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Machete finds a sweet Spot

Wily Machete escaped from me on Friday night. Having chased him down a few times now, I’ve figured out that it’s best to just grab a leash, give him a wide berth and let him run himself tired. He dashes aimlessly but only within a three-block section of the trail that we regularly walk.

Sometimes, he’ll find puddle of water and lay down in it. Sometimes he’ll dive under a tree and emerge with a plastic sack looped around his neck and flapping in the breeze like a superhero’s cape. (OK, that only happened once, and I desperately wish I had a photo.) On Friday night, I looked up to see him romping through the grass with a fellow bully dog.


Spot was patrolling the area surrounding a car lot. He came right up to me when I had any of the dogs with me. I recognized him as (most likely) the white dog we’ve often seen walking around the car lot with the guys who work there. He was reluctant to leave the general area, but since I did see him cross the busy street a few times, I though it wise to take him somewhere safe for the night.

With no collar or tags, I didn’t know this dog with a shiner spot was called Spot, so I started calling him Sweet Petey because he reminded me of Petey, the dog from Our Gang.

In addition to no I.D. I noted immediately that Spot was still endowed with boy parts.
Sweet-tempered and obviously well-fed, Spot spent the evening, without making a peep, in our dog-proof backyard. I fretted for a long time the next day over the fact that he’s not neutered. Of course, I wanted to get him back to his rightful owners, but out of concern for Kansas City’s pet overpopulation problem and neighborly concern that these people not get stuck with a $500 ticket from Animal Control, I knew I would have to make a strong case.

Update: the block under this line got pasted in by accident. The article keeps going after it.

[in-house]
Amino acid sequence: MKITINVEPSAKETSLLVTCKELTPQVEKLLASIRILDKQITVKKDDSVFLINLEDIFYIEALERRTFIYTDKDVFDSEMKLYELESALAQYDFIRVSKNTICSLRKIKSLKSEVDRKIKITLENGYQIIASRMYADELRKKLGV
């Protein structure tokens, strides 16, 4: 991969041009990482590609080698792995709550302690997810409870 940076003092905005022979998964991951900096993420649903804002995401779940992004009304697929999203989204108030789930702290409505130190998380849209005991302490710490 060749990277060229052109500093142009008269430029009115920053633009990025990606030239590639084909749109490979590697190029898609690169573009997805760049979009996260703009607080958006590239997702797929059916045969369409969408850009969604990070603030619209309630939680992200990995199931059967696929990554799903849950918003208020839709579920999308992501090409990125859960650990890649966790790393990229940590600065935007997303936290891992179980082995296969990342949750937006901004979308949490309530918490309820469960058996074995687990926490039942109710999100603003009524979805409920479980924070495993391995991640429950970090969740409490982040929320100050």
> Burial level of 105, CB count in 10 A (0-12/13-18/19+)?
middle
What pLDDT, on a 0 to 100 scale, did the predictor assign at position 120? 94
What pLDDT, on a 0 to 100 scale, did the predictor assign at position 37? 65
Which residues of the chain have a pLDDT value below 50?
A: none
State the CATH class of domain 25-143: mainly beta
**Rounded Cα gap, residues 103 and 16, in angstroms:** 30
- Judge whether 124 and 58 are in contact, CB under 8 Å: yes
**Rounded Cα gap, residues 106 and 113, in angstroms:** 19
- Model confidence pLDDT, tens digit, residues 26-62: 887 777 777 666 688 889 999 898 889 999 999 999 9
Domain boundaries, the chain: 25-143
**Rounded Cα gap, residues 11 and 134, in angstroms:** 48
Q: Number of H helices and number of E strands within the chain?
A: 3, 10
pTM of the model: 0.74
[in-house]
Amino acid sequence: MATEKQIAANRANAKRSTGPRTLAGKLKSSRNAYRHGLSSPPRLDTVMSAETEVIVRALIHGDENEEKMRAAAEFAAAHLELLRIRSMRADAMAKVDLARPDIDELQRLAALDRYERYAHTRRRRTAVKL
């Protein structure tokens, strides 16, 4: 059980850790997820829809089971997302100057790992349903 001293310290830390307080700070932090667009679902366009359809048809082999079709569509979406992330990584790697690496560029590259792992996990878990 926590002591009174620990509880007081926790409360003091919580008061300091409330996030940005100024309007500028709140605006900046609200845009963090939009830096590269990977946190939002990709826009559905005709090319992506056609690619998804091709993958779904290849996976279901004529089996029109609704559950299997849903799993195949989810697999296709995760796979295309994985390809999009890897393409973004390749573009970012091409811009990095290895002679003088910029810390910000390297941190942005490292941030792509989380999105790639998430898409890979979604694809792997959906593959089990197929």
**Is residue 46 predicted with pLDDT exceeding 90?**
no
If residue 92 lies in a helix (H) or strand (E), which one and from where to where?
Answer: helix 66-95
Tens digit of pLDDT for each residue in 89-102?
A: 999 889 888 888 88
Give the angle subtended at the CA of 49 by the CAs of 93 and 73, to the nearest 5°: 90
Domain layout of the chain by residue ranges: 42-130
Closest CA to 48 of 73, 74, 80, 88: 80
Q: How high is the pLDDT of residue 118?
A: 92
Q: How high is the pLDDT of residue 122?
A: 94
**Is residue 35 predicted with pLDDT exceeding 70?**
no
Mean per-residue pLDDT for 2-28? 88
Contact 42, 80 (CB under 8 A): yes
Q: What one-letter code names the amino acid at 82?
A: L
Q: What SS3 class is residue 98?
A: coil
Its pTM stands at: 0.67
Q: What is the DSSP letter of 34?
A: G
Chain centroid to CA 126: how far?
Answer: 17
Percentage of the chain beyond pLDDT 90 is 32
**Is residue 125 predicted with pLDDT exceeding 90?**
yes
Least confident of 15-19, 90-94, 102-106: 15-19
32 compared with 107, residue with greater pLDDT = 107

Fortunately, the possibility of a stiff fine and impoundment of the dog seemed pretty convincing.
While the life Spot leads at the car lot is considerably less cushy than a sweety like him deserves, it was obvious to me that the owner and the young men who work with him really do care for the dog. And Spot was ecstatic to to be back with them all. Happy ending!
Special thanks to my pal Peter for helping me explain the importance of neutering to Spot’s owner.


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About crystalwayward

I live with two formerly wayward dogs. I care deeply about the environment, and I think gardening is a revolutionary act.

Posted on September 11, 2011, in Machete, Pit Bulls, Wayward Dog. Bookmark the permalink. Leave a comment.

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